Free for educational use
CAAMA & Indigenous Broadcasting
Year of production - 2005
Duration - 2min 29sec
Tags - broadcasting, communities, culture, diversity, identity, Indigenous Australia, media industry, media ownership, power, self-determination, stereotypes, technology and society, see all tags
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How to Download the Video Clip
About the Video Cliptop
Radio Redfern is an excerpt from the film 88.9 Radio Redfern produced in 1988 by the Film Australia National Interest Program. 88.9 Radio Redfern is a portrait of Sydney’s Aboriginal radio station. This video clip is on the From Wireless to Web website, produced in 2005.
The interview with Christina Spurgeon was recorded for the website.
Christina Spurgeon is a lecturer in Media & Communication in the Creative Industries faculty of the Queensland Universtiy of Technology. You can view her full biography at From Wireless to Web
The website is a selective history of broadcast media in Australia. Decade by decade, from radio and newsreels to TV and the internet, this history shows how the Australian broadcast media developed and shaped the way Australians see themselves.
From Wireless to Web is a Film Australia production in association with Roar Film.
- discuss and reflect upon the importance of indigenous Australian broadcasting
- research, write and format a magazine article for a specific audience
- work in pairs to present a talk to the class
- write an imaginative short story.
National: The Statements of Learning for English- Year 9
Reading, viewing and interpreting information and argument texts
- Students read and view texts that entertain, move, parody, investigate, analyse, argue and persuade. These texts explore personal, social, cultural and political issues of significance to the students’ own lives.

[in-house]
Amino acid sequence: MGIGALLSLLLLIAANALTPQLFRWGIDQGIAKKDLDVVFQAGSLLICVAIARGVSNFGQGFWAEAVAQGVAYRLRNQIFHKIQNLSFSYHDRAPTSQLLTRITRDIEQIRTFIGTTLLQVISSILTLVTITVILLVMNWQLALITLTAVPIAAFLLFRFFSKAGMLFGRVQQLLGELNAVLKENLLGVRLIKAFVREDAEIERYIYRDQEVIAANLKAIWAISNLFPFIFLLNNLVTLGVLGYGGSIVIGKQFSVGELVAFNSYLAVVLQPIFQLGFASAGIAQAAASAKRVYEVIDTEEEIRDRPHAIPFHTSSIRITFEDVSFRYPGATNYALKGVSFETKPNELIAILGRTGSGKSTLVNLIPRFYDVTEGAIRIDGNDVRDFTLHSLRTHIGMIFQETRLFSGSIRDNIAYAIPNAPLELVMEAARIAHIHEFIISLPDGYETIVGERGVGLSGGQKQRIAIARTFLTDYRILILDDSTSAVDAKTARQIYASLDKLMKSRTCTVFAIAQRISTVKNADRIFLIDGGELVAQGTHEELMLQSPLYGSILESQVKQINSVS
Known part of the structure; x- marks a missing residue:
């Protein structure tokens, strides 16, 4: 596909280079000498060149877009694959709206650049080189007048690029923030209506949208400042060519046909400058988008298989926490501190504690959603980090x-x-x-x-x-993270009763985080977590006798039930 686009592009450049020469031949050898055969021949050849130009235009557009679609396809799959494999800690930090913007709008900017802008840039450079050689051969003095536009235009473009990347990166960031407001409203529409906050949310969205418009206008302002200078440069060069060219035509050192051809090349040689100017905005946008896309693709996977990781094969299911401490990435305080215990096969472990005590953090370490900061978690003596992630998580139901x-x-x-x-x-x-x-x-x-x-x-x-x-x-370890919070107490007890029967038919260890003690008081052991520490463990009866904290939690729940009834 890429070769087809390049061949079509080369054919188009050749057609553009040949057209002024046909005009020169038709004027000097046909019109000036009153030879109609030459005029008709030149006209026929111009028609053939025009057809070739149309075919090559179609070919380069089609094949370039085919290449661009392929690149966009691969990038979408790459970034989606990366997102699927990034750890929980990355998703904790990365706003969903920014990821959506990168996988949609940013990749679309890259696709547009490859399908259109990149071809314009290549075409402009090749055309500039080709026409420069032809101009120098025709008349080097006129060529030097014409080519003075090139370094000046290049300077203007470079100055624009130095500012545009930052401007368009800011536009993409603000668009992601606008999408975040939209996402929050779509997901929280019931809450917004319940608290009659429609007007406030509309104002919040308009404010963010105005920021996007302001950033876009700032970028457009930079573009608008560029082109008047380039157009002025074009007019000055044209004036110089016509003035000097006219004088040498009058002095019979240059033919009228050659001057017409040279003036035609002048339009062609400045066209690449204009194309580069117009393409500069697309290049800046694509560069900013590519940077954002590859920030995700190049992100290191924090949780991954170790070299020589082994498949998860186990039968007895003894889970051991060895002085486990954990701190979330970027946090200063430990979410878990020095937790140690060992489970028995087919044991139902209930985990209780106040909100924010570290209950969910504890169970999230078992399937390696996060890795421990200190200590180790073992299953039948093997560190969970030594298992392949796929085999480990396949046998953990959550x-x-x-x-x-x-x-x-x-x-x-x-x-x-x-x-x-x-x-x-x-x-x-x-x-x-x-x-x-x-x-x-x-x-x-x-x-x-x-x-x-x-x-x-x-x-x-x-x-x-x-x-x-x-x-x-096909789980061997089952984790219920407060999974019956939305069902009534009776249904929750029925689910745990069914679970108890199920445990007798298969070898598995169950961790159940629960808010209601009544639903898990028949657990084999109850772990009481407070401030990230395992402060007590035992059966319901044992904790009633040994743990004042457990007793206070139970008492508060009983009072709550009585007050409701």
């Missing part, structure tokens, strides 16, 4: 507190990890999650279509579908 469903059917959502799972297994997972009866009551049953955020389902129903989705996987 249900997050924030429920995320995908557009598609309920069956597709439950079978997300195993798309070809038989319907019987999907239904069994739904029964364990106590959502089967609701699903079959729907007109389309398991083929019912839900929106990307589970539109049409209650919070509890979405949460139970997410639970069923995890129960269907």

- Students understand that readers and viewers may need to develop knowledge about particular events, issues and contexts to interpret texts.
- When students write information or argument texts, they make appropriate selections of information from a few sources and attempt to synthesise and organise these in a logical way.
- Students write imaginative texts in print and electronic mediums that contain personal, social and cultural ideas and issues related to their own lives and communities and their views of their expanding world.
This resource is also relevant to Media Studies: Audiences, Representation, Media organisations, Indigenous media and Codes and Conventions of radio.
These are extracts only. Teachers and students should consult their state’s curriculum and learning programs.
Go to The National Curriculum Statements for English
In 1972 the first Indigenous-produced community radio program went to air on 5UV in Adelaide. Two years later ABC Radio started broadcasting in several Indigenous languages to Aboriginal people and Torres Strait Islanders in Far North Queensland.